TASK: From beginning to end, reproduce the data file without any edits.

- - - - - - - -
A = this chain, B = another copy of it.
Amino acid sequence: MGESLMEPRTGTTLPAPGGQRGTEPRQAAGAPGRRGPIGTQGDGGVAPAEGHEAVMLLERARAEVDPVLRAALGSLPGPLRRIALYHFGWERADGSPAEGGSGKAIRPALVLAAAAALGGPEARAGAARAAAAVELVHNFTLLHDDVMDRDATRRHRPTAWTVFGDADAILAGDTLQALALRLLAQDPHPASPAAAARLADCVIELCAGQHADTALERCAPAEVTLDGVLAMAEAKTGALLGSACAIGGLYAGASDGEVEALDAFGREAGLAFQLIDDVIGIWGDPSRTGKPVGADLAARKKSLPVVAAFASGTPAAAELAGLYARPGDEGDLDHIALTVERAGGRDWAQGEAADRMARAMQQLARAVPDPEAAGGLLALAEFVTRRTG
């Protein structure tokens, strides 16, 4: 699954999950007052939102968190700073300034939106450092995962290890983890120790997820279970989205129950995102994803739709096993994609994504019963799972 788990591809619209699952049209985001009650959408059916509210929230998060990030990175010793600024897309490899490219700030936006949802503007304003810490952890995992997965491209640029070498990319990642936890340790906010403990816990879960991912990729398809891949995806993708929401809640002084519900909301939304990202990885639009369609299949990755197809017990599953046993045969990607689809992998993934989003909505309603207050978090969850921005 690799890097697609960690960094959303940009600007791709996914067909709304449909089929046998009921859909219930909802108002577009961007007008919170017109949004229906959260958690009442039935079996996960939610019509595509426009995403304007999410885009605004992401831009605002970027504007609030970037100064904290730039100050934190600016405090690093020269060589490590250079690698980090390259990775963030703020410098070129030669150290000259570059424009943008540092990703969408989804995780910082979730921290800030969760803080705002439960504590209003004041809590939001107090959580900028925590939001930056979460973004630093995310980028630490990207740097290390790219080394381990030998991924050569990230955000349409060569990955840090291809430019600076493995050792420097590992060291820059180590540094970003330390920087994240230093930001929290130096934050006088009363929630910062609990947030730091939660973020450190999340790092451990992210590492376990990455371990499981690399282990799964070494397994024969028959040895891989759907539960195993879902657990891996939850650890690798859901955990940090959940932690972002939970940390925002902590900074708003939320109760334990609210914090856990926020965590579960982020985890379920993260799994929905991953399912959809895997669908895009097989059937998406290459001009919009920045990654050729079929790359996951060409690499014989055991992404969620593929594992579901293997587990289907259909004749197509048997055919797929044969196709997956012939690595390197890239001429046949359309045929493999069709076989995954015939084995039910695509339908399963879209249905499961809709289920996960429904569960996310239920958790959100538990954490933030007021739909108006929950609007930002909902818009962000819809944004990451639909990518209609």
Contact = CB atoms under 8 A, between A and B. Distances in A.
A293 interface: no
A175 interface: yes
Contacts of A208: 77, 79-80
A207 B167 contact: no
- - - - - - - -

A = this chain, B = another copy of it.
Amino acid sequence: MGESLMEPRTGTTLPAPGGQRGTEPRQAAGAPGRRGPIGTQGDGGVAPAEGHEAVMLLERARAEVDPVLRAALGSLPGPLRRIALYHFGWERADGSPAEGGSGKAIRPALVLAAAAALGGPEARAGAARAAAAVELVHNFTLLHDDVMDRDATRRHRPTAWTVFGDADAILAGDTLQALALRLLAQDPHPASPAAAARLADCVIELCAGQHADTALERCAPAEVTLDGVLAMAEAKTGALLGSACAIGGLYAGASDGEVEALDAFGREAGLAFQLIDDVIGIWGDPSRTGKPVGADLAARKKSLPVVAAFASGTPAAAELAGLYARPGDEGDLDHIALTVERAGGRDWAQGEAADRMARAMQQLARAVPDPEAAGGLLALAEFVTRRTG
């Protein structure tokens, strides 16, 4: 699954999950007052939102968190700073300034939106450092995962290890983890120790997820279970989205129950995102994803739709096993994609994504019963799972 788990591809619209699952049209985001009650959408059916509210929230998060990030990175010793600024897309490899490219700030936006949802503007304003810490952890995992997965491209640029070498990319990642936890340790906010403990816990879960991912990729398809891949995806993708929401809640002084519900909301939304990202990885639009369609299949990755197809017990599953046993045969990607689809992998993934989003909505309603207050978090969850921005 690799890097697609960690960094959303940009600007791709996914067909709304449909089929046998009921859909219930909802108002577009961007007008919170017109949004229906959260958690009442039935079996996960939610019509595509426009995403304007999410885009605004992401831009605002970027504007609030970037100064904290730039100050934190600016405090690093020269060589490590250079690698980090390259990775963030703020410098070129030669150290000259570059424009943008540092990703969408989804995780910082979730921290800030969760803080705002439960504590209003004041809590939001107090959580900028925590939001930056979460973004630093995310980028630490990207740097290390790219080394381990030998991924050569990230955000349409060569990955840090291809430019600076493995050792420097590992060291820059180590540094970003330390920087994240230093930001929290130096934050006088009363929630910062609990947030730091939660973020450190999340790092451990992210590492376990990455371990499981690399282990799964070494397994024969028959040895891989759907539960195993879902657990891996939850650890690798859901955990940090959940932690972002939970940390925002902590900074708003939320109760334990609210914090856990926020965590579960982020985890379920993260799994929905991953399912959809895997669908895009097989059937998406290459001009919009920045990654050729079929790359996951060409690499014989055991992404969620593929594992579901293997587990289907259909004749197509048997055919797929044969196709997956012939690595390197890239001429046949359309045929493999069709076989995954015939084995039910695509339908399963879209249905499961809709289920996960429904569960996310239920958790959100538990954490933030007021739909108006929950609007930002909902818009962000819809944004990451639909990518209609």
Contact = CB atoms under 8 A, between A and B. Distances in A.
A293 interface: no
A175 interface: yes
Contacts of A208: 77, 79-80
A207 B167 contact: no